At the Gate: Spreading its wings
Since 2005, Discovery Air Defence (DA Defence) of Montreal has been training Canadian fighter pilots under the Contracted Airborne Training Services (CATS) contract from the Department of National Defence.
April 28, 2017 By Brian Dunn
The company was started in 2000 by three former CF-18 pilots. Originally called Top Aces, it provided aviation consulting services to the DND and mainstream original equipment manufacturers before winning the CATS contract. It is a wholly owned subsidiary of Discovery Air, a global leader in specialty aviation services. In March, Clairvest Group, Discovery Air’s majority shareholder, bought the remaining shares it didn’t own and took the company private. In response, Discovery Air has noted, “it’s business as usual,” once the transaction is completed.
Jacob Shavit, president and CEO of Discovery Air Inc. stated, “the proposed transaction is a logical evolution for Discovery Air given our current ownership structure.”
Today, DA Defence operates the largest privately owned operational fighter plane fleet in the world. The fleet consists of 16 Dassault/Dornier Alpha jets, seven A-4N Douglas Skyhawks, two TA-4J Douglas Skyhawks and two 1124 IAI Westland planes. The company is now looking to acquire F-16 fighters for more advanced training. It has bases at Halifax, Victoria, Ottawa, CFB Bagotville and Cold Lake in addition to Mesa, Ariz. and Wittmund, Germany where DA Defence has been hired to do the same type of training for Germany’s armed forces.
In addition to Germany, the company has spread its wings even further afield. In March, it was awarded a two-year trial contract in Australia to provide Red Air (DA Defence plays the role of enemy aircraft) and fighter support to the Australian Defence Force in conjunction with Air Affairs Australia Pty Ltd. The trial consists of three of DAD’s Alpha jets based at RAAF Base Williamtown.
DAD will provide Red Air and fighter support to the Royal Australian Air Force, Joint Terminal Attack Controller (JTAC) training to the Australian Army and anti-surface training for the Royal Australian Navy. The trial will begin in the third quarter of this year.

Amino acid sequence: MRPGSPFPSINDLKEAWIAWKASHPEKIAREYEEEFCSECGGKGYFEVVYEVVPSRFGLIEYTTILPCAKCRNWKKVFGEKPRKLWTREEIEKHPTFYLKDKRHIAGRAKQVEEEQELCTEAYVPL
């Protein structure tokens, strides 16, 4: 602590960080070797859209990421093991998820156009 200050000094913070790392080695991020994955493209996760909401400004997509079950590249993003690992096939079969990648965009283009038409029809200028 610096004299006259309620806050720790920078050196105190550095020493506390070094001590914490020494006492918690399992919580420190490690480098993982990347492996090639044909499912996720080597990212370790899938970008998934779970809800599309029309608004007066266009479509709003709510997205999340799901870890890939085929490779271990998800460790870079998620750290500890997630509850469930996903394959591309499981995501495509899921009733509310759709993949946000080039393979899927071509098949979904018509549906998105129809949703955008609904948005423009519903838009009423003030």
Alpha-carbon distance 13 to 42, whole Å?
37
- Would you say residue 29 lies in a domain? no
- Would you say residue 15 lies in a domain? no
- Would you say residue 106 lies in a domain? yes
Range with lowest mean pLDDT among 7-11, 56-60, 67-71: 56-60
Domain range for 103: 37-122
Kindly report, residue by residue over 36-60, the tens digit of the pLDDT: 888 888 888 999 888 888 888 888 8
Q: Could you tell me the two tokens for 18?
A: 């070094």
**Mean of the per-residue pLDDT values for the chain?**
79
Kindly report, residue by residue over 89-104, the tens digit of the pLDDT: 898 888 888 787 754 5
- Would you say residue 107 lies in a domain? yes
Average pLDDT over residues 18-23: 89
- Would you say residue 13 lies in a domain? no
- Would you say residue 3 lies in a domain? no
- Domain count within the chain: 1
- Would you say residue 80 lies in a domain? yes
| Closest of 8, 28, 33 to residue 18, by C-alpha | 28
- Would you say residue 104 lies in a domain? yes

In February, DA Defence and British-based Inzpire Ltd. joined forces to bid for the U.K. Ministry of Defence’s Air Support to Defence Operational Training (ASDOT) program. The two companies will combine their unique capabilities in the live air training environment to deliver the most innovative, relevant and safe training solution for the ASDOT customer.
But DA Defence is facing competition at home for the CATS contract. Ottawa will select a private company to act as a training partner for Canada’s top guns under a new 10-year contract worth an estimated $1.5 billion with an option for another five years. In addition to DA Defence, CAE in partnership with Draken International of Florida, has also submitted a bid as well as a third unidentified party. Draken offers fighter tactical training for the U.S. Air Force. The winning bid was to have been announced by the end of last year, but may not be revealed before the fall.
The winning CATS bidder will provide aircraft to the Canadian Forces to simulate hostile threats for ground and naval forces as well as fighter pilots. The firm will also provide aircraft to tow targets and carry electronic warfare systems for various training scenarios, according to the information supplied by Public Services and Procurement Canada to industry.
In addition to providing planes and pilots, the winner must also furnish maintenance crews and engineering support. The Canadian government estimates that aircraft operated by the winning bidder will have to fly between 2,500 and 3,500 hours a year.
DA Defence is confident it is in a strong position to keep the business, according to Garrick Ngai, director of marketing at Discovery Air Defence.
“We’ve flown more than 60,000 hours in support of the Canadian and German militaries, so we’ve had the experience, safety and reliability for over 10 years,” he said. “We’ve always performed as required.”
While CAE submitted the bid, the real work will be performed by Draken, which saw one of its Douglas A-4K Skyhawks crash-land close to Nellis Air Force base near Las Vegas in August 2016, when the pilot ejected.
DA Defence isn’t looking to expand into other industries to fuel its growth.
“We’re very focused on Red Air aggressor training,” said Ngai. “NATO countries will get more out of their training budgets by using the training that we’re providing.”
Brian Dunn is a Wings writer and columnist.